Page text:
Susan James, attorney for Tom Coker, spent the last hour of the day questioning Massey on the stand. She took the same strategy she used with Ronnie Gilley and spent a large amount of time questioning Massey on the details of his plea agreement. Massey told the magistrate judge the day he entered his plea that he understood the ins and outs of the agreement. Massey told the court on the stand today he only had a basic understanding of the agreement. James also brought up conversations Massey had with his wife. Massey asked his wife to google information on Nick Bailey’s plea agreement (Nick Bailey was Don Siegelman’s personal assistant). He also asked that his wife bring him his ‘Siegelman book’ to read (Massey said he didn’t have a lot to read in prison) and that she print off some sentencing guidelines for him. James revealed that Massey has been keeping a diary while in jail detailing his work with the FBI. Massey testified on the stand that he has not been referencing that information during the trial. James also asked Massey if he asked his wife to get in contact with Phil Rawls, a reporter with the Associated Press, to tell him about ‘something that was going on.’ While the attorneys are tip-toeing around where Massey is currently being held and where he has been, James revealed that if Massey has to spend much more time in jail, he hopes to be transferred to the minimum security prison at Maxwell. James made reference in her questioning to the facility where Massey has been until the trial, it’s roughly 20-30 miles outside of Montgomery County and while he is being treated like a federal prisoner, because he hasn’t been sentenced yet, he hasn’t yet been booked into the federal prison system. James wanted to prove that Massey has been receiving preferential treatment while in jail and that he therefore has a defined interest in why he is testifying. Massey explained because they cut off the books that he was being sent, his wife and other family members have been sending him 30 pages at a time of John Grisham books, and others. Massey explained that he’s not allowed to have a razor to shave with while in jail. Instead, his electric razor was delivered to the office where the FBI was questioning him so he could shave (apparently he likes using an electric razor on his sideburns) along with a hygiene kit. He also very sarcastically added that they let him have mouthwash when he was at their office.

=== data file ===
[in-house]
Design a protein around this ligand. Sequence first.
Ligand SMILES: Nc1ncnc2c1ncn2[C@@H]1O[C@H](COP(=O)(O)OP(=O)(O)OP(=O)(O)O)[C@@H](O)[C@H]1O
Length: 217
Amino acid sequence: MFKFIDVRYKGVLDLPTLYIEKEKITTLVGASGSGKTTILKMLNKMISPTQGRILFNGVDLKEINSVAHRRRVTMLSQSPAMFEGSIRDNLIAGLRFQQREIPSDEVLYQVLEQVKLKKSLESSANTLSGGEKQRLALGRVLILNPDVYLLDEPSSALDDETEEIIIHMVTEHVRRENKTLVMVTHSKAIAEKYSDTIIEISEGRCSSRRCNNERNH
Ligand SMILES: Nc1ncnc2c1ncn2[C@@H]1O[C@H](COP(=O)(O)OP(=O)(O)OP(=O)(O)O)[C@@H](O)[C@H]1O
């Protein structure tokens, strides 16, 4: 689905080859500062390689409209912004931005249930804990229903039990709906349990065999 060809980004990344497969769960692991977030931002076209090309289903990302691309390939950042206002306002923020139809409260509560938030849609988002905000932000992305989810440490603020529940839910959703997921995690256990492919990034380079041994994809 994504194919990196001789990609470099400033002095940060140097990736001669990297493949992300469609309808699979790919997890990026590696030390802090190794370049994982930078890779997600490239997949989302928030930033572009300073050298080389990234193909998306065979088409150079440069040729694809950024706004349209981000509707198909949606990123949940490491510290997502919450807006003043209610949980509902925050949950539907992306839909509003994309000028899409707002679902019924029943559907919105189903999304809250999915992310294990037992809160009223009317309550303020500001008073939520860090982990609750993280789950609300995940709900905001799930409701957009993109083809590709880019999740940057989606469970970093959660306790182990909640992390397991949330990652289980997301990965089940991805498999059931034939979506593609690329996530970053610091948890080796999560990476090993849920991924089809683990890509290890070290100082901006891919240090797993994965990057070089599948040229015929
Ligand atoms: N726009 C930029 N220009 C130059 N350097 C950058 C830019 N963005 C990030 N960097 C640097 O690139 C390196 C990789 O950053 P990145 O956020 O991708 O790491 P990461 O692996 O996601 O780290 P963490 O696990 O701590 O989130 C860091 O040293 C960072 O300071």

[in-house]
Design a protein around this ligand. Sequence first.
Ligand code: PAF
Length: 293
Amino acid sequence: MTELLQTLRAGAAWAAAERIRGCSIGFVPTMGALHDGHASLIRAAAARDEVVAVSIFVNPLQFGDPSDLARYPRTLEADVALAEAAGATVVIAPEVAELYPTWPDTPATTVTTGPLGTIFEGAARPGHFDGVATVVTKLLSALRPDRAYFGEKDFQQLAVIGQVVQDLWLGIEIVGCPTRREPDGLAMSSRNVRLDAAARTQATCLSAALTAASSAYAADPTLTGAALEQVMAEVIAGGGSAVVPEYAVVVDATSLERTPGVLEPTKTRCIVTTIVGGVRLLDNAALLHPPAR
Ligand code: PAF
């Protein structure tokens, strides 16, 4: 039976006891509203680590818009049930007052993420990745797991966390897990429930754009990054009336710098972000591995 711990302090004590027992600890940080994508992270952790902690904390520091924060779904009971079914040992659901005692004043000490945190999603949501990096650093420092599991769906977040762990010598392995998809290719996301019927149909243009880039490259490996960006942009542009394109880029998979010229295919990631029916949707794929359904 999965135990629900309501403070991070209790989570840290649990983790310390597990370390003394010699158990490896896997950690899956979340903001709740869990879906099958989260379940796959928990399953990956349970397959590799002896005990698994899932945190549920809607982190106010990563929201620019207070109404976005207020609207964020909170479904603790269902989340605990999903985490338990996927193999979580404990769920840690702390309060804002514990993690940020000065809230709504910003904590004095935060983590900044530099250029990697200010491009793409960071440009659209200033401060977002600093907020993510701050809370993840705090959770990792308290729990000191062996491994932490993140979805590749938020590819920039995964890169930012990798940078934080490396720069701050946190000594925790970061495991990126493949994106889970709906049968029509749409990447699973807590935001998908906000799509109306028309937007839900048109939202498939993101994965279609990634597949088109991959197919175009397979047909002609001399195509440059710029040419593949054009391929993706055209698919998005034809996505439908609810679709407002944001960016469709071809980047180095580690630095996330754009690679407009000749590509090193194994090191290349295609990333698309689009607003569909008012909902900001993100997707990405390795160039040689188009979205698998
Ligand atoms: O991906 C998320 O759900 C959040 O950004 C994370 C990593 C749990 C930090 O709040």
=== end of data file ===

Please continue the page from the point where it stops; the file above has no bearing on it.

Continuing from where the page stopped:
James rounded out the day of questioning, but before she did that, she inadvertently dropped a bombshell on the court room. She asked Massey if he was aware that the FBI was still investigating at least 20 targets in regards to information he provided. Massey told her he wasn’t aware before an objection was raised. She didn’t elaborate further.